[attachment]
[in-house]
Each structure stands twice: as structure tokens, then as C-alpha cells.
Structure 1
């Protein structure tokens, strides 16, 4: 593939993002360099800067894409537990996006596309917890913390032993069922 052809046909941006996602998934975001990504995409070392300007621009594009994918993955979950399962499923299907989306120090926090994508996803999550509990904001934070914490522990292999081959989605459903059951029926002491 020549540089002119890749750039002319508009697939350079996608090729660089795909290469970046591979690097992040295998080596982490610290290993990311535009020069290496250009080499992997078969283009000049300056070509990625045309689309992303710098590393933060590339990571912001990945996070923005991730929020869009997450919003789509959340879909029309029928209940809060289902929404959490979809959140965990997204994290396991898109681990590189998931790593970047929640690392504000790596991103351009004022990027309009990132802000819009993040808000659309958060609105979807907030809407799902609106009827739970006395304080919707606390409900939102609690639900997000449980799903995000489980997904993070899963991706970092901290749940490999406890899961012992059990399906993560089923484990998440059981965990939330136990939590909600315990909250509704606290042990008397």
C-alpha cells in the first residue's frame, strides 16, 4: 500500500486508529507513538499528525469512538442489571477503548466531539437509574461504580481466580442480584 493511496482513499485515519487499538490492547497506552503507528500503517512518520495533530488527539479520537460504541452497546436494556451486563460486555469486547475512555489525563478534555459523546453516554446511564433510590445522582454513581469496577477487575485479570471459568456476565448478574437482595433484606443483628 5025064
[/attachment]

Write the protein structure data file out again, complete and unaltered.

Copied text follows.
[in-house]
Each structure stands twice: as structure tokens, then as C-alpha cells.
Structure 1
């Protein structure tokens, strides 16, 4: 593939993002360099800067894409537990996006596309917890913390032993069922 052809046909941006996602998934975001990504995409070392300007621009594009994918993955979950399962499923299907989306120090926090994508996803999550509990904001934070914490522990292999081959989605459903059951029926002491 020549540089002119890749750039002319508009697939350079996608090729660089795909290469970046591979690097992040295998080596982490610290290993990311535009020069290496250009080499992997078969283009000049300056070509990625045309689309992303710098590393933060590339990571912001990945996070923005991730929020869009997450919003789509959340879909029309029928209940809060289902929404959490979809959140965990997204994290396991898109681990590189998931790593970047929640690392504000790596991103351009004022990027309009990132802000819009993040808000659309958060609105979807907030809407799902609106009827739970006395304080919707606390409900939102609690639900997000449980799903995000489980997904993070899963991706970092901290749940490999406890899961012992059990399906993560089923484990998440059981965990939330136990939590909600315990909250509704606290042990008397």
C-alpha cells in the first residue's frame, strides 16, 4: 500500500486508529507513538499528525469512538442489571477503548466531539437509574461504580481466580442480584 493511496482513499485515519487499538490492547497506552503507528500503517512518520495533530488527539479520537460504541452497546436494556451486563460486555469486547475512555489525563478534555459523546453516554446511564433510590445522582454513581469496577477487575485479570471459568456476565448478574437482595433484606443483628 5025064